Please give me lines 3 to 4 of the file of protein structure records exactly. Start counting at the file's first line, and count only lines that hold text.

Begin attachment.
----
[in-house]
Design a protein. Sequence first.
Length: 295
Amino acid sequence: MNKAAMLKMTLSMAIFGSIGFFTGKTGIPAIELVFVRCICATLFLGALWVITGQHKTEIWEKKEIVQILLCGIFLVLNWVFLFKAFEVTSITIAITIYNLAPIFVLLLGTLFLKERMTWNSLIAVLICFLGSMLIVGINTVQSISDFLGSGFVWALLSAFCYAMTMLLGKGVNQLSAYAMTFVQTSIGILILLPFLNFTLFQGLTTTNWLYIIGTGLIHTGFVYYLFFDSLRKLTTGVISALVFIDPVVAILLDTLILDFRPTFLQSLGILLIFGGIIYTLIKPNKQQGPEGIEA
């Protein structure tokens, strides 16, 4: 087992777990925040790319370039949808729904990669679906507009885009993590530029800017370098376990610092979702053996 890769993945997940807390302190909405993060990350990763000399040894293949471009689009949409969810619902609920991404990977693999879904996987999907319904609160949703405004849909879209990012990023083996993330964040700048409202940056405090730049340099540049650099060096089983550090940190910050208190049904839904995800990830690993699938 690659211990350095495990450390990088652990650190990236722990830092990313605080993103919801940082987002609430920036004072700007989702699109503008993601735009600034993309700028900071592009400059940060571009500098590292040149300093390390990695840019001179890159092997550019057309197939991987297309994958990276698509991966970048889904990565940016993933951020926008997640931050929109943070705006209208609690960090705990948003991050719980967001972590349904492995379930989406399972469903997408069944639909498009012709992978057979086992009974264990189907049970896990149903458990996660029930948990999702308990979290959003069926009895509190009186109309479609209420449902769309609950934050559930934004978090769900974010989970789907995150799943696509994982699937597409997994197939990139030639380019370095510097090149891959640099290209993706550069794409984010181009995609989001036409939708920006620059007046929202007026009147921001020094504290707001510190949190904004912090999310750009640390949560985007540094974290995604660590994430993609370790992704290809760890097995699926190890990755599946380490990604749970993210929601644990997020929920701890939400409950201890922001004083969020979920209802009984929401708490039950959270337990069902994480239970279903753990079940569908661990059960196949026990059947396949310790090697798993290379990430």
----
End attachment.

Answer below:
Length: 295
Amino acid sequence: MNKAAMLKMTLSMAIFGSIGFFTGKTGIPAIELVFVRCICATLFLGALWVITGQHKTEIWEKKEIVQILLCGIFLVLNWVFLFKAFEVTSITIAITIYNLAPIFVLLLGTLFLKERMTWNSLIAVLICFLGSMLIVGINTVQSISDFLGSGFVWALLSAFCYAMTMLLGKGVNQLSAYAMTFVQTSIGILILLPFLNFTLFQGLTTTNWLYIIGTGLIHTGFVYYLFFDSLRKLTTGVISALVFIDPVVAILLDTLILDFRPTFLQSLGILLIFGGIIYTLIKPNKQQGPEGIEA